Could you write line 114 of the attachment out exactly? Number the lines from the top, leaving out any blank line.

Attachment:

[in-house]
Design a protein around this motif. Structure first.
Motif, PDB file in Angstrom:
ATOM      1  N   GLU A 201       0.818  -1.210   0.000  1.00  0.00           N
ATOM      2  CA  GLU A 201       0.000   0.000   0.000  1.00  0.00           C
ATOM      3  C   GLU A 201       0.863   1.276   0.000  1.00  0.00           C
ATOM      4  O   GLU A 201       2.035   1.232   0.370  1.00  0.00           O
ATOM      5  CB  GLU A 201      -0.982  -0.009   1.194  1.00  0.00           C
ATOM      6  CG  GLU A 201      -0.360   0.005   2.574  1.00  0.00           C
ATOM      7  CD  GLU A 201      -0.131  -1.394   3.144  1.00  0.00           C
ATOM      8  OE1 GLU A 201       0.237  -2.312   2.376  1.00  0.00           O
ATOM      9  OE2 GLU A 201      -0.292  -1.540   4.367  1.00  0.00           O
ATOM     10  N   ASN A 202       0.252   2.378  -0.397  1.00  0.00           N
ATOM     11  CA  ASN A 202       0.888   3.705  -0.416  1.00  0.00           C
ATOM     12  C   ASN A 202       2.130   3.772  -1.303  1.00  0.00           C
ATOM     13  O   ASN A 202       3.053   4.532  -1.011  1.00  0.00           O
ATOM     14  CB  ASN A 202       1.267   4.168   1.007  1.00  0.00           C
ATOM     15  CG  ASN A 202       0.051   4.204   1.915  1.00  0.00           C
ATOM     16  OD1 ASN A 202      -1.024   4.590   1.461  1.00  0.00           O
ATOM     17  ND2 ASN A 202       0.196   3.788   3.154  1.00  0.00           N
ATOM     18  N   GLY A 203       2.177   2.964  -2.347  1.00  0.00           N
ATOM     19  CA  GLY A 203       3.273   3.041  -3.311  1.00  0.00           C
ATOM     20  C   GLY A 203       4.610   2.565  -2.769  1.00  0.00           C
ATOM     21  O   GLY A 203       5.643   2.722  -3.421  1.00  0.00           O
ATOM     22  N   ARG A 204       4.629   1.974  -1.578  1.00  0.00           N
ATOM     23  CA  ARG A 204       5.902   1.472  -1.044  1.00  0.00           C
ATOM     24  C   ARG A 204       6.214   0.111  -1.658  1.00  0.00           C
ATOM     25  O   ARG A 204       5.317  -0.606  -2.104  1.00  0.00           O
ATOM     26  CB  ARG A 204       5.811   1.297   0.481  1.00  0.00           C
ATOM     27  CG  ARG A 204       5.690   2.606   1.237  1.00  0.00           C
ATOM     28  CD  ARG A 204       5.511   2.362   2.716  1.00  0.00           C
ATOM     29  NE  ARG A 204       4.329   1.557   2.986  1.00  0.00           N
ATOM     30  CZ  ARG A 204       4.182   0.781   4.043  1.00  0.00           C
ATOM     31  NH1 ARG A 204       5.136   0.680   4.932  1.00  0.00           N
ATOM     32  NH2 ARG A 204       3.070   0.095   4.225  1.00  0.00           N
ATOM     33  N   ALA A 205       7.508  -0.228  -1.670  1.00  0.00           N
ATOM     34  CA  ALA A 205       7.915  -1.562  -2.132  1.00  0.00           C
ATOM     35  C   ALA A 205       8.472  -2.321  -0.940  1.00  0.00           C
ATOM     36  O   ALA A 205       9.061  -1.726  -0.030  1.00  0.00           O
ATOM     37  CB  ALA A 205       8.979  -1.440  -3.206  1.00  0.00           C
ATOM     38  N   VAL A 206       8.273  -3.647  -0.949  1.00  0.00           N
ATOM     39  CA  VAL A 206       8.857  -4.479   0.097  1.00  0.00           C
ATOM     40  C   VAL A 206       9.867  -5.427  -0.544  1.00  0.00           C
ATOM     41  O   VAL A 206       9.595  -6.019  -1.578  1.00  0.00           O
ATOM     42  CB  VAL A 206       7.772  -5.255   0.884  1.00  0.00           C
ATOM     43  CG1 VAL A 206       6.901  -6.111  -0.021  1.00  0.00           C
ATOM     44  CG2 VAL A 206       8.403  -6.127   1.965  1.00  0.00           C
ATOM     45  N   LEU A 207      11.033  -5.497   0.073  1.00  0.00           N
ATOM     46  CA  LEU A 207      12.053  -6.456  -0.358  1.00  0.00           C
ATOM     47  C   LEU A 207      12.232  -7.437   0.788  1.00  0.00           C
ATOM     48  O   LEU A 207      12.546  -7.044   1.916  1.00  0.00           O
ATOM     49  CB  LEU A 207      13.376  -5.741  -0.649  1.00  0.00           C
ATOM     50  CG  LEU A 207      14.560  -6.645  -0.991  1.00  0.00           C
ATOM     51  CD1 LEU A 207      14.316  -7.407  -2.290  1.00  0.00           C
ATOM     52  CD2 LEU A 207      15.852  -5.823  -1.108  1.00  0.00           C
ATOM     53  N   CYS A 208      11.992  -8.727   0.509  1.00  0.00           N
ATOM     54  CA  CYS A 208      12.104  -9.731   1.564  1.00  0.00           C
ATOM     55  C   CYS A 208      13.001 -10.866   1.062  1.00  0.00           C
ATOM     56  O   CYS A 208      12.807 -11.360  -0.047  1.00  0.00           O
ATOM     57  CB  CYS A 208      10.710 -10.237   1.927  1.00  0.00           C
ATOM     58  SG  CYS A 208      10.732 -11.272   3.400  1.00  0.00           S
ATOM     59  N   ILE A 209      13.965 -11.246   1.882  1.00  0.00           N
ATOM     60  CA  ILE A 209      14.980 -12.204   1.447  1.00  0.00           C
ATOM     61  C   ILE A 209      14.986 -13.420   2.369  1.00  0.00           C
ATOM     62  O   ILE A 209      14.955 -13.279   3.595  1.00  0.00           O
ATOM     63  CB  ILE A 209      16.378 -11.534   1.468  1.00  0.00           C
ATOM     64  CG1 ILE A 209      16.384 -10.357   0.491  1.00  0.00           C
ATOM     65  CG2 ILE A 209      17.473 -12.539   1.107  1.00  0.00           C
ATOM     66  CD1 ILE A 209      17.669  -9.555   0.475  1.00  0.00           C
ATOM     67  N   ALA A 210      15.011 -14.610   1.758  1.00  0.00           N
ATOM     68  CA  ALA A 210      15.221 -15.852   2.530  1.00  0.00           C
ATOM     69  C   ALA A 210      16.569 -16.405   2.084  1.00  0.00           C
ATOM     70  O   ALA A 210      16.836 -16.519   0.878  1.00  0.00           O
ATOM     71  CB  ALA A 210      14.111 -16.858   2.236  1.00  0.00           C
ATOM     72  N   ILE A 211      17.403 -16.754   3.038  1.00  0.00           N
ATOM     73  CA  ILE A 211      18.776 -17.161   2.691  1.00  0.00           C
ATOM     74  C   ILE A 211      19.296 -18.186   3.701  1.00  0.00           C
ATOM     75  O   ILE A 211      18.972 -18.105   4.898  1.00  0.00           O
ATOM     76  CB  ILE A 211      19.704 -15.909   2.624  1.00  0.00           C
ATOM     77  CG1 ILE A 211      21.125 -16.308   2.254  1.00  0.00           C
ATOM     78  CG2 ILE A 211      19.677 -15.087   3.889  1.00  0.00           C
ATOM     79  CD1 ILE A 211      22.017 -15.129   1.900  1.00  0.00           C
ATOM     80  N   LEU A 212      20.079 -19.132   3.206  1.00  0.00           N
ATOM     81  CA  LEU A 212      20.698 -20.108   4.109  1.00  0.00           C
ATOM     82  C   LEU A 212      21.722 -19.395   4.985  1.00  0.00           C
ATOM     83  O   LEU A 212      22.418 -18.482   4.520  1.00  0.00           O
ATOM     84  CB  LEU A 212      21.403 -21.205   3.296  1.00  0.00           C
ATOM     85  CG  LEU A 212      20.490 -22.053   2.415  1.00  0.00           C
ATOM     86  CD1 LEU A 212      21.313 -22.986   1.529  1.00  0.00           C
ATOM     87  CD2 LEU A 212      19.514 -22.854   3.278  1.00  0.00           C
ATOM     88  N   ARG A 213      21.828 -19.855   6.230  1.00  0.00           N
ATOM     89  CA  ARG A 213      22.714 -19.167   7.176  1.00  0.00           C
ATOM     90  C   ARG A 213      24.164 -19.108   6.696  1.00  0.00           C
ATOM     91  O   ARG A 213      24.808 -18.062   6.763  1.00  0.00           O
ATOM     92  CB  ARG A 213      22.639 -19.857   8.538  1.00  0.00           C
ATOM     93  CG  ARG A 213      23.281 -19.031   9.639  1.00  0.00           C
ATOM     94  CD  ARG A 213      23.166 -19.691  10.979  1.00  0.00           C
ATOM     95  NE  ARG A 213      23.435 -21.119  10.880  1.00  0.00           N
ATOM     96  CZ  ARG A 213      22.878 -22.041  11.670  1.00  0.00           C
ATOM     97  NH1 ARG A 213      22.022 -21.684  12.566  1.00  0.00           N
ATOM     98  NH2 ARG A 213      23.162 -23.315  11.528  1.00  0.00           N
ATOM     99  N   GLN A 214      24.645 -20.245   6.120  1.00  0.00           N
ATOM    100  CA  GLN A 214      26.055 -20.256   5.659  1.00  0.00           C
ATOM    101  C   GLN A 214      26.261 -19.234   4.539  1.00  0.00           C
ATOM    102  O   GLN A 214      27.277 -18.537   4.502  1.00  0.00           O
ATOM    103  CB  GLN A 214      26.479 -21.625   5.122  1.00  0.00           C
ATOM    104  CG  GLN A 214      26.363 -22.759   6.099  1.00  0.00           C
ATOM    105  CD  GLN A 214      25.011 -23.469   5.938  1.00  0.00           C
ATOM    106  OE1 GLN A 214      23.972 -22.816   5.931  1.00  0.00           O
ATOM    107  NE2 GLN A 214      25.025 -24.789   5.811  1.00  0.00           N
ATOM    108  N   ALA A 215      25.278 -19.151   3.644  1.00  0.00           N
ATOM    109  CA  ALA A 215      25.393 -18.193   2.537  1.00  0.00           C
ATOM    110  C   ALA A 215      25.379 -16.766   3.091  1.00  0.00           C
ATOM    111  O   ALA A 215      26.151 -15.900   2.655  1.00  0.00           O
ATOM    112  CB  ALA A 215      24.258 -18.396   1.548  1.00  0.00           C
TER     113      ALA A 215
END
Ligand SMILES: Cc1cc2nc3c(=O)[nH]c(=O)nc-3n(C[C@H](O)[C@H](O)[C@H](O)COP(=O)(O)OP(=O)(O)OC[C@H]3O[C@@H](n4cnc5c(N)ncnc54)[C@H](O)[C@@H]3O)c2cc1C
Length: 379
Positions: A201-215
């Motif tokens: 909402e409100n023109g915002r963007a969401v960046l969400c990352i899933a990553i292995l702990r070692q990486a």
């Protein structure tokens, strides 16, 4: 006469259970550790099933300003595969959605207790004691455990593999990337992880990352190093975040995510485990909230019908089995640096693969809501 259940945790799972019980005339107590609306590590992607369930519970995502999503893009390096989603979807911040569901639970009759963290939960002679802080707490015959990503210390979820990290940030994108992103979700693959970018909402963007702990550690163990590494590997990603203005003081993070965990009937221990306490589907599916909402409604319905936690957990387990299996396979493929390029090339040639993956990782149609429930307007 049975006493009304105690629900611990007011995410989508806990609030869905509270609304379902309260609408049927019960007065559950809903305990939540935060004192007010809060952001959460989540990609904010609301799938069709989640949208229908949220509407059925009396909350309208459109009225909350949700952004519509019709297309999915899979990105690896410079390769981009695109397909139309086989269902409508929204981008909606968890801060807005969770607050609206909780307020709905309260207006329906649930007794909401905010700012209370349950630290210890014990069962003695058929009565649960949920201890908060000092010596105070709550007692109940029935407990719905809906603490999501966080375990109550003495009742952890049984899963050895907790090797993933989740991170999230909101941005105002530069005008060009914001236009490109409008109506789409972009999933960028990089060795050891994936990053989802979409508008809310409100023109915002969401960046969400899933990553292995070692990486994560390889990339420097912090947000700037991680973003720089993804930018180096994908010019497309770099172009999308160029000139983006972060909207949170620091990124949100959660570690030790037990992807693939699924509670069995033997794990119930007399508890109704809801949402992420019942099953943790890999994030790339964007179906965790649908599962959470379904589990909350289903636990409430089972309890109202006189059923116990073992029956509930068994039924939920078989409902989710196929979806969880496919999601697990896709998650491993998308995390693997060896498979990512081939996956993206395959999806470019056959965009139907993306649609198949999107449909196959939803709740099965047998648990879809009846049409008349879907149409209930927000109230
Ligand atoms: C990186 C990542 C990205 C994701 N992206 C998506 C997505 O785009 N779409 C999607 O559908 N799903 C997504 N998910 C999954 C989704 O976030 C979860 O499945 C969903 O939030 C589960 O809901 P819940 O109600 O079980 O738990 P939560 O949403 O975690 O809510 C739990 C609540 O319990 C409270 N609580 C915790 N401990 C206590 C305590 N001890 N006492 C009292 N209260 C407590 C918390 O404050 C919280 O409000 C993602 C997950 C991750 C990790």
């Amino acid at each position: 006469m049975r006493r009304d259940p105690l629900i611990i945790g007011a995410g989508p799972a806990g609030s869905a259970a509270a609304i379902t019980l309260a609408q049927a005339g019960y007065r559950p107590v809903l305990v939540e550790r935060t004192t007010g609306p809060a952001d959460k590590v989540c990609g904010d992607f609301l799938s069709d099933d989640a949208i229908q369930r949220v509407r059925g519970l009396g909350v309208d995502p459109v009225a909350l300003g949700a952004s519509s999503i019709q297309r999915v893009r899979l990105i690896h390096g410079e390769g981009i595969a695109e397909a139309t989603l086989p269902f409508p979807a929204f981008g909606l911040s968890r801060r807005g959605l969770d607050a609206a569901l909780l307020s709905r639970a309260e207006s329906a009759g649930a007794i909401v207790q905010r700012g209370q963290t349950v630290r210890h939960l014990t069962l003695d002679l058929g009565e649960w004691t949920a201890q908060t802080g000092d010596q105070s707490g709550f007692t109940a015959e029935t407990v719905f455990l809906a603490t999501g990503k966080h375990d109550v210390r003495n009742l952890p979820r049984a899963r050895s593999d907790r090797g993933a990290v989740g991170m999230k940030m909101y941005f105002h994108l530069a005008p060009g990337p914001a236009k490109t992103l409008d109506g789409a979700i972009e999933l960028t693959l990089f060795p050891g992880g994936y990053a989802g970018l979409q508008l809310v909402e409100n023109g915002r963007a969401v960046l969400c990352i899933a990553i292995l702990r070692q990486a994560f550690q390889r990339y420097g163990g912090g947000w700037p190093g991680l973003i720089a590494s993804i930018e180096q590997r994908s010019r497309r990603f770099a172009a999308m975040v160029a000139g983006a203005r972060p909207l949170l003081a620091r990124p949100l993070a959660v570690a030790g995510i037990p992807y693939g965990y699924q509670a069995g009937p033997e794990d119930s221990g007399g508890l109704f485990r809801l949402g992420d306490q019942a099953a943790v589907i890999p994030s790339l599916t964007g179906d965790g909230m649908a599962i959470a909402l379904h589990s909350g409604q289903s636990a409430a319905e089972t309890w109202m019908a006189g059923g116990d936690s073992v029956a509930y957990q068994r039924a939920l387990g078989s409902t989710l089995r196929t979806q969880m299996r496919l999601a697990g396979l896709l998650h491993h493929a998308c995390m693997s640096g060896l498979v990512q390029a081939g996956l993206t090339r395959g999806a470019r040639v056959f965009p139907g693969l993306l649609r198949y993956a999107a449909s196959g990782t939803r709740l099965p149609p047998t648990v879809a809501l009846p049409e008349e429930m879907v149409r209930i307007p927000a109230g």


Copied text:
ATOM    111  O   ALA A 215      26.151 -15.900   2.655  1.00  0.00           O